Case Law Alert
HOD Sports, Arts, Culture & Recreation – Free State v NEHAWU obo Maseko & others (LAC) 18.10.22.
Conflict of interest
The Chief Director: Arts & Culture & Heritage of the Government Department concerned was dismissed on 15 December 2015 in connection with misconduct related to irregular business dealings involving her guesthouse doing business with her department.
In her annual declaration of interest, the employee concerned formally declared her ownership of the guesthouse in question. She also obtained and submitted quotes from other service providers for the transaction concerned, besides the quote from her own guesthouse. Her argument was that, as a result, there existed no conflict of interest.
At arbitration it was found that the allegations against the employee could not be proved, and that the dismissal was also procedurally unfair. Reinstatement as from the date of dismissal, plus backpay, was ordered.
When the arbitration award was taken on review to the Labour Court (LC), the court found that there was no procedural unfairness and that the arbitrator correctly found that there was no conflict of interest regarding the transaction involving the employee’s guesthouse.
The finding of the LC regarding substantive fairness (that there were no grounds on which the reason for the dismissal related to a conflict of interest could be justified) was taken on appeal to the Labour Appeal Court (LAC).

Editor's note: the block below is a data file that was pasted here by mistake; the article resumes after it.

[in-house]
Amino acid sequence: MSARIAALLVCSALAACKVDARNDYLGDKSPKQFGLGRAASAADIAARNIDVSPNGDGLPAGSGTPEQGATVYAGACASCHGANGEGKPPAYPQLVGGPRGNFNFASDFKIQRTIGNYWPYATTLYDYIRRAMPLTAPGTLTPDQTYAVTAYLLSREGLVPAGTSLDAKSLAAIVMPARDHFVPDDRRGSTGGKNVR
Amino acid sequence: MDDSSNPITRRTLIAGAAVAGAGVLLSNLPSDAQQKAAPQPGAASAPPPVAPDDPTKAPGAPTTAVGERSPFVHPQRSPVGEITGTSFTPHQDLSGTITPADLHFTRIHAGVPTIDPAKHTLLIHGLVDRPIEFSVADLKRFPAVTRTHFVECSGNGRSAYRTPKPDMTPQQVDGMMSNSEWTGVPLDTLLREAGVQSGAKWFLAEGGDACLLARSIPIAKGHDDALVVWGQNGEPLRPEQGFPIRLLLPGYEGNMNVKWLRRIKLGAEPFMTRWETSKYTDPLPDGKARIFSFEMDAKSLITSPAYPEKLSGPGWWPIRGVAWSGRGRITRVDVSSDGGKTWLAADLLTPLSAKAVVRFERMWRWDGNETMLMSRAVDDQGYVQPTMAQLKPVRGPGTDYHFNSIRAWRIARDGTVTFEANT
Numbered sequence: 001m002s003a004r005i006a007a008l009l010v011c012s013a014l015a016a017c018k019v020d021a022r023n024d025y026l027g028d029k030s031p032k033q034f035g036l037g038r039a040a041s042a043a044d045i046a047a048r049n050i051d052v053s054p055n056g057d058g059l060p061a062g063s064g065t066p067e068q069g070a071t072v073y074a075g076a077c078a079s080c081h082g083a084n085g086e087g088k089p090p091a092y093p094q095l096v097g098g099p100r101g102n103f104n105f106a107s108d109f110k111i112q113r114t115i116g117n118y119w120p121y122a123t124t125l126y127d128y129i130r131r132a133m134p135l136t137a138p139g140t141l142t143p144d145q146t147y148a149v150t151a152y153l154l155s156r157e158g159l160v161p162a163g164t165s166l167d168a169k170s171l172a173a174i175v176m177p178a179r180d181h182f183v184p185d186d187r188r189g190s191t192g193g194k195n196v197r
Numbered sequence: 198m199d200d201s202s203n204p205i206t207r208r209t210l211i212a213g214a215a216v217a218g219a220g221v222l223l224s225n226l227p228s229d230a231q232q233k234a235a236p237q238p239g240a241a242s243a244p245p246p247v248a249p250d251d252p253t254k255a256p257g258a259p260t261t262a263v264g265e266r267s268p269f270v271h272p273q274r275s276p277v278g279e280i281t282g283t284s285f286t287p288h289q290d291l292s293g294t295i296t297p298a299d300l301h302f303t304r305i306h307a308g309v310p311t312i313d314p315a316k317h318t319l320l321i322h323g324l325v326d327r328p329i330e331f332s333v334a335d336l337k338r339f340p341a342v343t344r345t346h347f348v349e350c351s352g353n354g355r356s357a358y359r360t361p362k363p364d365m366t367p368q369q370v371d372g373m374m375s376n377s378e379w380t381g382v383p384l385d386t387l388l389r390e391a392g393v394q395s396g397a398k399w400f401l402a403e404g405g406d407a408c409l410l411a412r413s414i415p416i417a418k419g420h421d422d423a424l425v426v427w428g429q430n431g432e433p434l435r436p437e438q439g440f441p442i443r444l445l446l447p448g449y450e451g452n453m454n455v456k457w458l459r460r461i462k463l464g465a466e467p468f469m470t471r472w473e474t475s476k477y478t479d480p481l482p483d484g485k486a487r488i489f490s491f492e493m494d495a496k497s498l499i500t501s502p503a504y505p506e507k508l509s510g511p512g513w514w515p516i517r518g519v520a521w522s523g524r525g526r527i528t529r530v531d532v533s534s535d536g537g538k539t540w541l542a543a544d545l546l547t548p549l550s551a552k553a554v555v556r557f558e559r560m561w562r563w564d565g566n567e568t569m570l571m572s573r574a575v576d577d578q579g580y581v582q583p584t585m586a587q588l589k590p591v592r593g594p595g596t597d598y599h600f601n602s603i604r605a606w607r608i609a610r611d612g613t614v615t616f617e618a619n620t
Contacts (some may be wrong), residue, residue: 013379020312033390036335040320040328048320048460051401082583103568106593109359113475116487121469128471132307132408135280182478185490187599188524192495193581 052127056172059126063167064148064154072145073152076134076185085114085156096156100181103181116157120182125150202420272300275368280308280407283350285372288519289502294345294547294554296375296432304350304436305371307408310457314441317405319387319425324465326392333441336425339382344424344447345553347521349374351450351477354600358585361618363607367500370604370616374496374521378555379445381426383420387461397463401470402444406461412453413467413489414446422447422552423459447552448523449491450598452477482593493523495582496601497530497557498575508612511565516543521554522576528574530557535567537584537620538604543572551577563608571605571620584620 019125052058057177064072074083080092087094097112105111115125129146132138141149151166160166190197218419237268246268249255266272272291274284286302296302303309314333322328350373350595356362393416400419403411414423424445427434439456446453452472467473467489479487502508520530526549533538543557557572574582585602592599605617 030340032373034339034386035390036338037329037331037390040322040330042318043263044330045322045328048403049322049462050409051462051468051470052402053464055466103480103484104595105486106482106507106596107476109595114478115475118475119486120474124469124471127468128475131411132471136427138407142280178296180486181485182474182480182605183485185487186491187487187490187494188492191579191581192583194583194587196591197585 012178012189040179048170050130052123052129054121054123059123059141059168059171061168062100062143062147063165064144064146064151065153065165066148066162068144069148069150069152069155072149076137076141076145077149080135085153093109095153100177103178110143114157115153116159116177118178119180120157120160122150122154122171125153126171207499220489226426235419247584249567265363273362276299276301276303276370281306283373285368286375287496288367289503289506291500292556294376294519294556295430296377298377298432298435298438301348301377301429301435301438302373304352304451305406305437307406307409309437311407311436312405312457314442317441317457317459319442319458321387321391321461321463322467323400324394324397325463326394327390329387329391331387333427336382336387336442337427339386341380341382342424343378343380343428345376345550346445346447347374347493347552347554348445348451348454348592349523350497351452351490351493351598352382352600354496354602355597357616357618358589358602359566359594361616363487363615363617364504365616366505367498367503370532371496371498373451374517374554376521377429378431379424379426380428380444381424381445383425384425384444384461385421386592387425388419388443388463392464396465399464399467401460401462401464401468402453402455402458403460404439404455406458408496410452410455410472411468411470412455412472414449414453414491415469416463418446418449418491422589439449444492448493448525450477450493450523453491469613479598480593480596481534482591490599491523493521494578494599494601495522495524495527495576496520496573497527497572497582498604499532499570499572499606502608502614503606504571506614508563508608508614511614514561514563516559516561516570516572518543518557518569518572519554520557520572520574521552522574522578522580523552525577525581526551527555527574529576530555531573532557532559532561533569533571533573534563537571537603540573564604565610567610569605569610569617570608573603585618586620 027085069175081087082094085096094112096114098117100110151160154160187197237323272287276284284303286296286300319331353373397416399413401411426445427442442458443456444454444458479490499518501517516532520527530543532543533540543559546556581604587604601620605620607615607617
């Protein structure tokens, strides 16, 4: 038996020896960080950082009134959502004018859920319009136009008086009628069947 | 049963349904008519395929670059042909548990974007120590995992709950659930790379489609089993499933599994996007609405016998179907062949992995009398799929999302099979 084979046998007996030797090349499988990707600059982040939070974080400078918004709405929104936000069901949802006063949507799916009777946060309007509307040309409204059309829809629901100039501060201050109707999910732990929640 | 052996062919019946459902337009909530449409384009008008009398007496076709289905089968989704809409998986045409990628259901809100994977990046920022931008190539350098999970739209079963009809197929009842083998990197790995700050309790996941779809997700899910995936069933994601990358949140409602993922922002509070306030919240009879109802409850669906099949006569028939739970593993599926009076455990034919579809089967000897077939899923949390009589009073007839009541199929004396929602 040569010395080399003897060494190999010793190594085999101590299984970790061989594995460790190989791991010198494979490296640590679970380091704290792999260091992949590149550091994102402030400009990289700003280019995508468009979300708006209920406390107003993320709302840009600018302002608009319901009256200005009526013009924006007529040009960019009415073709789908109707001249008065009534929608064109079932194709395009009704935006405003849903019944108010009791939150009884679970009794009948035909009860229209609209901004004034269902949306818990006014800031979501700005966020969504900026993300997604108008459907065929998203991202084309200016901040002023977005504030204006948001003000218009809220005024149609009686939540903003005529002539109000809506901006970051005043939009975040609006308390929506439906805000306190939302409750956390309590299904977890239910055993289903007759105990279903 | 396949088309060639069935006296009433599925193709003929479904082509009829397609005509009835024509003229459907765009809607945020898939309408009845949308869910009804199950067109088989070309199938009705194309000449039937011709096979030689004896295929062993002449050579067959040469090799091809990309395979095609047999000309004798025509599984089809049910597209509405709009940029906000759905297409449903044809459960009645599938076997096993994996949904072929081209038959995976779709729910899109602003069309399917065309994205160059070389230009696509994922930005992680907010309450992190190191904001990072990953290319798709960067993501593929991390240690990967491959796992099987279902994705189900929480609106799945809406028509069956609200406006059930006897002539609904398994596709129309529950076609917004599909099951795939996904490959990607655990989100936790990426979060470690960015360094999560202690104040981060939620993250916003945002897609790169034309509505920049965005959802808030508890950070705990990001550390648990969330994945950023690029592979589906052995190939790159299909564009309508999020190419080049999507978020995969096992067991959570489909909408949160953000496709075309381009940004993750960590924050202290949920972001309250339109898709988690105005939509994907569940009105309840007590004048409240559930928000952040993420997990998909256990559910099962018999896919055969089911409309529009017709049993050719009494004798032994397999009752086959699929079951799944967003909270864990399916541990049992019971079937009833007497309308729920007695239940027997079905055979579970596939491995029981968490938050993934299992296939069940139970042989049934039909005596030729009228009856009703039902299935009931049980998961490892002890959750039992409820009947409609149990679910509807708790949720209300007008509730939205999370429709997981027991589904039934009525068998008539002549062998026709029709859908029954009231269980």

It is a well-established principle that employees have a duty of good faith towards their employers. Where there is a conflict of interest between an employee’s own interests and that of the employer, the employee must give preference to the employer’s interest. See passage 27 of the HOD-case.
This principle is emphasised with reference to a case heard in 1920 in the Appellate Division, namely: Robinson v Randfontein Estates Gold Mining Co Ltd. Extract from Robinson-case
Even when, as in this case, there was no clear rule prohibiting the employee from doing business with the employer, she was still under an obligation to declare to her employer any actual or potential conflict of interest related to the transaction concerned (or any other similar transaction which may occur in future).
Mere declaration of an interest during an annual declaration of interests is not sufficient to relieve the employee of the obligation to still bring any actual or potential or perceived conflict of interest related to a specific transaction to the attention of the employer.
While courts of appeal and review will generally be reluctant to interfere with factual findings of an arbitrator, those findings may be interfered with if there is a reason to do so in the interest of justice. Passage 34 HOD-case
The LAC found that both the arbitrator and the LC made the same errors of judgement regarding crucial factual issues, such as not taking into account that, as Chief Director of the department concerned, the employee managed the event from which her guesthouse benefitted. This placed her in a unique position regarding the event concerned calling for transparency and circumspect which lacked in this case. This, the LAC found, made the inappropriateness of her involvement in the transaction and the conflict of interest it created serious enough to warrant her dismissal – she was in a position of trust and has breached it. It therefore justified that the LAC interfered with the findings of the arbitrator and the LC and endorsed the Chief Directors dismissal by her employer as fair.
It should always be remembered that the employment relationship is a subordinate relationship, which implies that the employee stands in the service of the employer and has to always act in the best interest of the employer. This leaves no room for the employee to unduly benefit from a conflict of interest which arises from a matter which has its roots in the employment relationship.